Saving for retirement is difficult enough without worrying about the potential tax hit to your funds when you eventually make withdrawals. Under Internal Revenue Service rules, a Roth individual retirement account answers that worry by offering tax-free distributions. To open an account, however, you must meet income limits that are adjusted every year.
Earned Income Limit
The IRS allows you to open a Roth IRA at any age; contributions are not tax deductible, but withdrawals are tax free if the account's been open for at least five years. Each year, you may deposit additional funds up to the annual contribution limit. As of tax year 2014, that limit had reached $5,500, with an additional $1,000 allowed if you are age 50 or older. You must have earned income, meaning money from wages, commissions, tips, salaries, bonuses or self-employment. You may not contribute more than your earned income amount for the year.
Maximum Annual Income for Contributions
Limits on contributions depend on your annual earned income amount and your filing status. If you are married and filing a joint return, you can contribute the annual maximum as long as your modified adjusted gross income (MAGI) amount, for both spouses, is $181,000 or less as of tax year 2014. Above this figure, your contribution limit begins to phase out until you reach a MAGI of $191,000. Once a married joint filer hits this number, no contributions are allowed.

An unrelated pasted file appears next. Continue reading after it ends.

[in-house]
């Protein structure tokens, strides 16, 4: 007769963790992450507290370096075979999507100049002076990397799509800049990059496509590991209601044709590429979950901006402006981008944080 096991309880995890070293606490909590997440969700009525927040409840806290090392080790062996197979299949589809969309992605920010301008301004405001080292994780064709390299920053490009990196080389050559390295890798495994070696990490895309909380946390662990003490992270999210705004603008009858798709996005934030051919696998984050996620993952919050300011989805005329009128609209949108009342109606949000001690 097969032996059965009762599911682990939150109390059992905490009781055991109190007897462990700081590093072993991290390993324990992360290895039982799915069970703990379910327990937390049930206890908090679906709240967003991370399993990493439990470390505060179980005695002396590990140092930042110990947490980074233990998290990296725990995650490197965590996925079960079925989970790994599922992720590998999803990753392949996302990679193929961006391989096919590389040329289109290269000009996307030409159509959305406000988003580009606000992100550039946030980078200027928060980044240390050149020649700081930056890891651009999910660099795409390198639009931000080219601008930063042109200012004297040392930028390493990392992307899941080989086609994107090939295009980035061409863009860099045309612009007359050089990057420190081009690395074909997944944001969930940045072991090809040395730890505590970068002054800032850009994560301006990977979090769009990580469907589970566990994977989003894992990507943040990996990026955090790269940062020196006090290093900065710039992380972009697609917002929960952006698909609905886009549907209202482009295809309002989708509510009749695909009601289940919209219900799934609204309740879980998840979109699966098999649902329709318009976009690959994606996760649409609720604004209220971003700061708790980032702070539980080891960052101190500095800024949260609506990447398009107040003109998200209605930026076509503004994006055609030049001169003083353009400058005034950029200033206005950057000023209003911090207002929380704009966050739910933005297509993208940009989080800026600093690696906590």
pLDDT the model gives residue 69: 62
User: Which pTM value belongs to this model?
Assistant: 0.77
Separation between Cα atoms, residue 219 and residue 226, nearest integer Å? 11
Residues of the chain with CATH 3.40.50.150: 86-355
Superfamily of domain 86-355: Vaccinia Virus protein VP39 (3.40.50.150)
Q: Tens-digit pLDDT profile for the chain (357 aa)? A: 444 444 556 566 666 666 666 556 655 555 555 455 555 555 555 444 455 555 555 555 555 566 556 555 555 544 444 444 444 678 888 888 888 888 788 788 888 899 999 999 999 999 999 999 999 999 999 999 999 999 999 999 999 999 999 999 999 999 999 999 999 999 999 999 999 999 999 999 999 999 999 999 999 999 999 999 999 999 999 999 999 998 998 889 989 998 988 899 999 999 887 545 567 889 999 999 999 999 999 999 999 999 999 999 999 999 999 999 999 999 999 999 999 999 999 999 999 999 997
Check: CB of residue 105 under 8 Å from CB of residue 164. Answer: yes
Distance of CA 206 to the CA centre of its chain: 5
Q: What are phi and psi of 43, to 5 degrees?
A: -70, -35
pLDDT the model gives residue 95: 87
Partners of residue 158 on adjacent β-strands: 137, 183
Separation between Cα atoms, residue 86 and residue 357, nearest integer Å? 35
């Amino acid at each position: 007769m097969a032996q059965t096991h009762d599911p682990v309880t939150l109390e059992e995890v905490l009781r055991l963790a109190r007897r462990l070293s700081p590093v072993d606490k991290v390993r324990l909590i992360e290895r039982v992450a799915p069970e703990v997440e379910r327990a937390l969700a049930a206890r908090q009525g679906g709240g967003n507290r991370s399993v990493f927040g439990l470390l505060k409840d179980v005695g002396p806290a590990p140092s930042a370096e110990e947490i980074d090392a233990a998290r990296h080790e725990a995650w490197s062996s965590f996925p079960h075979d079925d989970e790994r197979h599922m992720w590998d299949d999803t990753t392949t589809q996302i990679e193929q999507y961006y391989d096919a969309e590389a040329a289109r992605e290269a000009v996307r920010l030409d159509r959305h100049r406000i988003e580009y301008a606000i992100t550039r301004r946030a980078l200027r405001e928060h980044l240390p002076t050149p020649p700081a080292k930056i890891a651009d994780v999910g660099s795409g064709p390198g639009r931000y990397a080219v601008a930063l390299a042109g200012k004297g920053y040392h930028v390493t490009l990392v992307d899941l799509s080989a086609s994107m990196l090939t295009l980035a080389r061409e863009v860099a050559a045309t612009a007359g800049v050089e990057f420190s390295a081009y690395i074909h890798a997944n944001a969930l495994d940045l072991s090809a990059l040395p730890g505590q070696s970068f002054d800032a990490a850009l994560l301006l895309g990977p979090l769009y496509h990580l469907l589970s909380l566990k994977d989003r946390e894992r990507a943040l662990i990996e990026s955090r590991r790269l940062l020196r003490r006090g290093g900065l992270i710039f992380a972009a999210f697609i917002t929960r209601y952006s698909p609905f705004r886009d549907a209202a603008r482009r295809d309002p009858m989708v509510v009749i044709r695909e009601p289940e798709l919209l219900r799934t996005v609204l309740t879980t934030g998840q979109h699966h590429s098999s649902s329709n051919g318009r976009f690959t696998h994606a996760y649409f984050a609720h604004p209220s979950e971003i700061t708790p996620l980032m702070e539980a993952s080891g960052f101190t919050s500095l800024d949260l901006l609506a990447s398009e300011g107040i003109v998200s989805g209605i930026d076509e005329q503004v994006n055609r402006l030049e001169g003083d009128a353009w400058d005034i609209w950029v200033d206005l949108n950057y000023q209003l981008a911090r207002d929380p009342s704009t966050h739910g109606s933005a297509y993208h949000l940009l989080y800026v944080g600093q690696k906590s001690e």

For Single and Separate Filers
In 2014, the same income limit for those filing as single or head of household reached $129,000. At $114,000 or less, a full contribution is allowed, while the contribution limit begins to phase out between $114,000 and $129,000. Married, separate filers have a phased-out contribution up to $10,000 of income; over this amount, the IRS does not allow Roth contributions. The limits for single filers apply, however, if you're married and a separate filer and have lived apart from your spouse for at least a year.
Phasing out and Moving Your Contribution
If your MAGI falls into the zone for a phased-out contribution, the IRS provides a worksheet to do the math.
The IRS allows you to contribute to an IRA for one year up until April 15 of the next year. That means that if if 2015 has arrived and you expect to have a much higher income than in 2014, you may avoid a phaseout, or no contribution at all for 2015, by designating a contribution for 2014, with April 15 as the deadline. The IRS also allows taxpayers to move excess contributions to the following year, as long as they stay within the limits for that year. If you can't maneuver your excess contribution to a different year, the agency will hit that contribution with an additional 6 percent excise tax.